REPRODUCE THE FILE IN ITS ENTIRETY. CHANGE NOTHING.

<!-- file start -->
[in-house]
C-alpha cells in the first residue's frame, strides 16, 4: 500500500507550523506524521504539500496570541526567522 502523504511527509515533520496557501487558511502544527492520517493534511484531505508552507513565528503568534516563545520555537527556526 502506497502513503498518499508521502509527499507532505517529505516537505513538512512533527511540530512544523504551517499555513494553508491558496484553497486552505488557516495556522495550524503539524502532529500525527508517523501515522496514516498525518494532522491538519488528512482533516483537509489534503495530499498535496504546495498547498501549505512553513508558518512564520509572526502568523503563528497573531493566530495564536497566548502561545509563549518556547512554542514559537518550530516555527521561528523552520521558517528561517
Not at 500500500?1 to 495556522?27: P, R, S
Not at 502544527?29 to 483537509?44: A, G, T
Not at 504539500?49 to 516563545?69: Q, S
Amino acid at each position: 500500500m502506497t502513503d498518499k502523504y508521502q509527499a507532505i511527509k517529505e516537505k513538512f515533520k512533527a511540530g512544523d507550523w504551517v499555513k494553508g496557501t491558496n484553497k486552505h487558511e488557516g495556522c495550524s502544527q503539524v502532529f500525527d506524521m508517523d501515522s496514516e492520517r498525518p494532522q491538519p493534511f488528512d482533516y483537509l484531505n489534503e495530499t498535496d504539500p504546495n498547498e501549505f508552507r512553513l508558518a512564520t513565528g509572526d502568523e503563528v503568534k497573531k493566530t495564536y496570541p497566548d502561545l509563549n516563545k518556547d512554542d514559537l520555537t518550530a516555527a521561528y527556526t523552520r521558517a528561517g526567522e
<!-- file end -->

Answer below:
[in-house]
C-alpha cells in the first residue's frame, strides 16, 4: 500500500507550523506524521504539500496570541526567522 502523504511527509515533520496557501487558511502544527492520517493534511484531505508552507513565528503568534516563545520555537527556526 502506497502513503498518499508521502509527499507532505517529505516537505513538512512533527511540530512544523504551517499555513494553508491558496484553497486552505488557516495556522495550524503539524502532529500525527508517523501515522496514516498525518494532522491538519488528512482533516483537509489534503495530499498535496504546495498547498501549505512553513508558518512564520509572526502568523503563528497573531493566530495564536497566548502561545509563549518556547512554542514559537518550530516555527521561528523552520521558517528561517
Not at 500500500?1 to 495556522?27: P, R, S
Not at 502544527?29 to 483537509?44: A, G, T
Not at 504539500?49 to 516563545?69: Q, S
Amino acid at each position: 500500500m502506497t502513503d498518499k502523504y508521502q509527499a507532505i511527509k517529505e516537505k513538512f515533520k512533527a511540530g512544523d507550523w504551517v499555513k494553508g496557501t491558496n484553497k486552505h487558511e488557516g495556522c495550524s502544527q503539524v502532529f500525527d506524521m508517523d501515522s496514516e492520517r498525518p494532522q491538519p493534511f488528512d482533516y483537509l484531505n489534503e495530499t498535496d504539500p504546495n498547498e501549505f508552507r512553513l508558518a512564520t513565528g509572526d502568523e503563528v503568534k497573531k493566530t495564536y496570541p497566548d502561545l509563549n516563545k518556547d512554542d514559537l520555537t518550530a516555527a521561528y527556526t523552520r521558517a528561517g526567522e